The oil price shot through the $121 per barrel mark yesterday, returning to heady levels not seen since August 2008.
In London, Brent crude prices rose nearly $2 to a two-and-a-half year high, while in the US, West Texas Intermediate rose to nearly $109.
Oil has been climbing consistently since last autumn, as growing confidence in the global economic recovery boosted demand. But the pace accelerated sharply in mid-February as the unrest that toppled regimes in Tunisia and Egypt spread to Libya, which is Africa's third-largest producer.
The spike is a function of fear rather than fundamentals, according to Manouchehr Takin, a senior analyst at the Centre for Global Energy Studies (CGES). "In terms of supply and demand, the price should probably be at around $100," Mr Takin said. "But both the physical and the paper markets are being driven by fear of disruption spreading."
Libya's daily production rate of around 1.8 million barrels per day (bpd) is too small a proportion of global demand to have a major impact on price. Not only is Saudi Arabia estimated to have raised production by around a million bpd in recent weeks in an attempt to take the sting out of the Libyan shortfall, but the desert kingdom still has another 3 million bpd-worth of available capacity.
But it is Saudi's overwhelming dominance of global oil supplies that itself is a key factor in soaring prices. Oil buyers are growing increasingly concerned that even highly repressive – and wealthy – Saudi may not be immune to the upheavals sweeping the Middle East.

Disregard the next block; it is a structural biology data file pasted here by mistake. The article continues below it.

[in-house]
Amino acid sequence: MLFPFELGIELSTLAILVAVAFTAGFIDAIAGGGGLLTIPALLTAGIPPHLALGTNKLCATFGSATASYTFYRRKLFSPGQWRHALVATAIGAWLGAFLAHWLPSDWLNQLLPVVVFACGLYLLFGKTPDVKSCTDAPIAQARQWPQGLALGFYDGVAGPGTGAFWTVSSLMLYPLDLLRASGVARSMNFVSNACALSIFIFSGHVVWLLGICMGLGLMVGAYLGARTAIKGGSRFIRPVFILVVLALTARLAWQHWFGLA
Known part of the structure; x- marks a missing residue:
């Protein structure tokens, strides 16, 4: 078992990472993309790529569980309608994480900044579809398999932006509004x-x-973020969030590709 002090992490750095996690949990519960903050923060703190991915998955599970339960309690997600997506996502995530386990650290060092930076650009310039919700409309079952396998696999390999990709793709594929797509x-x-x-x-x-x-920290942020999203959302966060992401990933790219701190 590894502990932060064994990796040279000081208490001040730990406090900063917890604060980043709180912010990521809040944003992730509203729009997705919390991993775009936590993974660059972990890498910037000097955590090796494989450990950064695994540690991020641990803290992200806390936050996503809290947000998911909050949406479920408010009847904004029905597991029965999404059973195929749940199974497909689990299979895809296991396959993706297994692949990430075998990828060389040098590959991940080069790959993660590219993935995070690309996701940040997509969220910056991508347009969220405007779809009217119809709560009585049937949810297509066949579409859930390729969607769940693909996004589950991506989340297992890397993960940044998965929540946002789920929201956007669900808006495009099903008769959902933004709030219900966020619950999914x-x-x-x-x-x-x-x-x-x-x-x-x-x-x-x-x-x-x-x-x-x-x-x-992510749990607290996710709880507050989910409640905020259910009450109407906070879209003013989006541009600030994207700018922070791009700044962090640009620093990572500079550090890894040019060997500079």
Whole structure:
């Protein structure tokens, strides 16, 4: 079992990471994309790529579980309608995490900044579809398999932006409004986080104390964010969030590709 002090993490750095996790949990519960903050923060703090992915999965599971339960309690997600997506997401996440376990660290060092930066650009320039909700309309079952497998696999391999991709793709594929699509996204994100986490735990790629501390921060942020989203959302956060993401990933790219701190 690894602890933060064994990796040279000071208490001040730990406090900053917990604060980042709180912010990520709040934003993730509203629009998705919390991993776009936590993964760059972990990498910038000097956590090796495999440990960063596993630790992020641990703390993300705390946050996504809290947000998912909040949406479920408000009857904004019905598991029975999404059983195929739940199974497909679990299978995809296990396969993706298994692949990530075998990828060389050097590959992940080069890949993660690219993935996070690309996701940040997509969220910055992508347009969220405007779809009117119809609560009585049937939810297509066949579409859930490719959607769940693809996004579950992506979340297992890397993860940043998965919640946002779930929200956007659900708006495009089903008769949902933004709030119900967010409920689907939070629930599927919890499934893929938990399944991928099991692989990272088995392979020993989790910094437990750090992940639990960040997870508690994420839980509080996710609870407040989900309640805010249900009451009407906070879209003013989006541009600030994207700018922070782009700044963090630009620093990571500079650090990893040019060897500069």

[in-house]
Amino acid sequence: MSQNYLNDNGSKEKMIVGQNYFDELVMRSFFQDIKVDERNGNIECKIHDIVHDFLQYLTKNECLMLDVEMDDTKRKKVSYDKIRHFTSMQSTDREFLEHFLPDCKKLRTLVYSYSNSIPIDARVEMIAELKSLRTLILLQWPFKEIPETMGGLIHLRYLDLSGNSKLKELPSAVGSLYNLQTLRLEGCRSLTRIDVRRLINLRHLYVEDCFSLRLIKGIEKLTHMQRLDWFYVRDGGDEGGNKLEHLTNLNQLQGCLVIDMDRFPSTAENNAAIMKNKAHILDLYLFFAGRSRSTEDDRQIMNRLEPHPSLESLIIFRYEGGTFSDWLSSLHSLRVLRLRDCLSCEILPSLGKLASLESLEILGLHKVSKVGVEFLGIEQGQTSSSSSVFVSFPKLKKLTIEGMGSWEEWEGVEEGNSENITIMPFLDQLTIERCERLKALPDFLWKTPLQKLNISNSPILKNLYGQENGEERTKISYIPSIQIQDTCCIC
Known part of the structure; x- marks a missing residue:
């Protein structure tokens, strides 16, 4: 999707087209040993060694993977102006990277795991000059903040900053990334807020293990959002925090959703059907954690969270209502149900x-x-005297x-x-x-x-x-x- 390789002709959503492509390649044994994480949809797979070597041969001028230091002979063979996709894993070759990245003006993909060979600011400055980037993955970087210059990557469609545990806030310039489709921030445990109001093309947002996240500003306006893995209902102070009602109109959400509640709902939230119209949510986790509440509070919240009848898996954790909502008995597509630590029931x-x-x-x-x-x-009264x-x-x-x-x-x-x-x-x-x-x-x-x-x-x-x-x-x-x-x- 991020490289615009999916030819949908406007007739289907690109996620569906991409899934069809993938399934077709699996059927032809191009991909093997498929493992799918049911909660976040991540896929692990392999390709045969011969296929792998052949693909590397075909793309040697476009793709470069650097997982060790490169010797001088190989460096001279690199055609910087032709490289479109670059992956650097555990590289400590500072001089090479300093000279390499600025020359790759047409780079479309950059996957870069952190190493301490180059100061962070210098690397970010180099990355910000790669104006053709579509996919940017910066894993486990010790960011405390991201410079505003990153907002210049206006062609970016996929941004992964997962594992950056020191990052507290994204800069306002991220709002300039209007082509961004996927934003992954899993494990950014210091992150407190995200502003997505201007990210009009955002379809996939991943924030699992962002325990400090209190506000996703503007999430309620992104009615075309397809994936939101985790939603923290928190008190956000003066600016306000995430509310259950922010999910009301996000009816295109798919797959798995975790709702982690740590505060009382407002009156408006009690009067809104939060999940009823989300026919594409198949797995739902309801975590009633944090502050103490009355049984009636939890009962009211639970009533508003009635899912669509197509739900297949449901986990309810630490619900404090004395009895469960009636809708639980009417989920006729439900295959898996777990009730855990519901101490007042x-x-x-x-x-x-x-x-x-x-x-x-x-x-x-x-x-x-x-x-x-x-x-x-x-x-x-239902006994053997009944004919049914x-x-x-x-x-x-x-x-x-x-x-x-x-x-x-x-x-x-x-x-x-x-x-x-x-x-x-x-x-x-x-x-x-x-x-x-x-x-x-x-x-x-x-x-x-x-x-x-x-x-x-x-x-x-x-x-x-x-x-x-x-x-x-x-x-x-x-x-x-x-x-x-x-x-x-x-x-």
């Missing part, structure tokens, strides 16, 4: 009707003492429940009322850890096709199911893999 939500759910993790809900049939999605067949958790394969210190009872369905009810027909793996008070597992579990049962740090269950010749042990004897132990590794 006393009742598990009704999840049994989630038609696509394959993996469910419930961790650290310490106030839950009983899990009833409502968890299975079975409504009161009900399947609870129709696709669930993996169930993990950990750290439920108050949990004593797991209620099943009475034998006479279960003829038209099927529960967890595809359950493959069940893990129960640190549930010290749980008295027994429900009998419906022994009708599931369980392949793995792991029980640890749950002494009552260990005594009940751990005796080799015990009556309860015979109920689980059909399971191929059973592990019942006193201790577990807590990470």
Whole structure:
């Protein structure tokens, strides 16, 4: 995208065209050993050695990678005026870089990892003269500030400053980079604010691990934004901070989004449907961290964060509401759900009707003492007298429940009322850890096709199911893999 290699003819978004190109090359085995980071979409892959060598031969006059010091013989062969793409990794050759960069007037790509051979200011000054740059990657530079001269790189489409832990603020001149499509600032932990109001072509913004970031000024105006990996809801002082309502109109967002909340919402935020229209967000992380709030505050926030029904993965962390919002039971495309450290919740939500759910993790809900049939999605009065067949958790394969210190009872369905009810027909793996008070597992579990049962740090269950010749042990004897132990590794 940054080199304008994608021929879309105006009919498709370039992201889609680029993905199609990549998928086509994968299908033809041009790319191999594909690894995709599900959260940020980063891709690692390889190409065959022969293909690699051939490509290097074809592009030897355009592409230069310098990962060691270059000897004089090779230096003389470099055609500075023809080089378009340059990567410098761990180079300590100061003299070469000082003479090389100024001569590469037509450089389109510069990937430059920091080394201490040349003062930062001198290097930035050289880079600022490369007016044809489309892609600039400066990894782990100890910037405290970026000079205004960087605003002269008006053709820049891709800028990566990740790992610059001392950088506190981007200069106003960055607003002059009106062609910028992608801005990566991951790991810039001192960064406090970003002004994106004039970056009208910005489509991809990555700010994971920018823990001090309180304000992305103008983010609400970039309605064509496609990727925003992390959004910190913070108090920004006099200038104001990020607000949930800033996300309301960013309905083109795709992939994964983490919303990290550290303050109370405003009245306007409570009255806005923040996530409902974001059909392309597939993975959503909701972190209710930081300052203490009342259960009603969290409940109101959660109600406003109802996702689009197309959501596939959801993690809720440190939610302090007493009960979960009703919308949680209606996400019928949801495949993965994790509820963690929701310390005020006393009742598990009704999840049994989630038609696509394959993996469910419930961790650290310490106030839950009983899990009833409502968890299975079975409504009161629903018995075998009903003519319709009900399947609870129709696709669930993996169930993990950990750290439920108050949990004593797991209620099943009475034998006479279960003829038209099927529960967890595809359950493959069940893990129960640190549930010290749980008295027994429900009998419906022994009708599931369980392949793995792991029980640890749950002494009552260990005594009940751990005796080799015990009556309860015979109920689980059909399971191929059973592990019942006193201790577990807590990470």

Such unease is not unjustified. Last month the Saudi king launched a package of wage rises and job creation schemes worth hundred of billions of dollars, in an attempt to douse the sparks of civil unrest blown over from Egypt and Libya.
"Fundamentally there shouldn't be this rise in price just because of Libya," Mr Takin said. "The fear is that the contagion could extend to other Persian Gulf producers and even to Saudi Arabia itself."
In the short term, the Opec oil producers' cartel shows little sign of instigating a formal production increase to help bring down the oil price. Massoud Mirkazemi, the oil minister of Iran, which holds the rotating Opec presidency, said again at the weekend that there is "no need" for an emergency meeting of the 12-country group. The Iranian President, Mahmoud Ahmadinejad, yesterday added the warning that oil prices are "not real" and will spiral as high as $150 a barrel.
If prices continue to rise, there will be an appreciable drag on global economic recovery, affecting both fast-growing emerging economies and the leviathans of Europe and the US. It is in Opec's long-term interest to keep prices down, to avoid a slump in demand and a faster switch to alternative fuels.
The chief executive of the state-owned Kuwait Petroleum Company, Farouk al-Zanki, yesterday said a "fair price" for oil is between $90 and $100 per barrel. But he confirmed that Kuwait has not been asked to boost production to neutralise fears over Libya. And in the short term, Saudi Arabia may decide it needs all the revenues it can raise, in case it needs to spray more cash at a restive populace.
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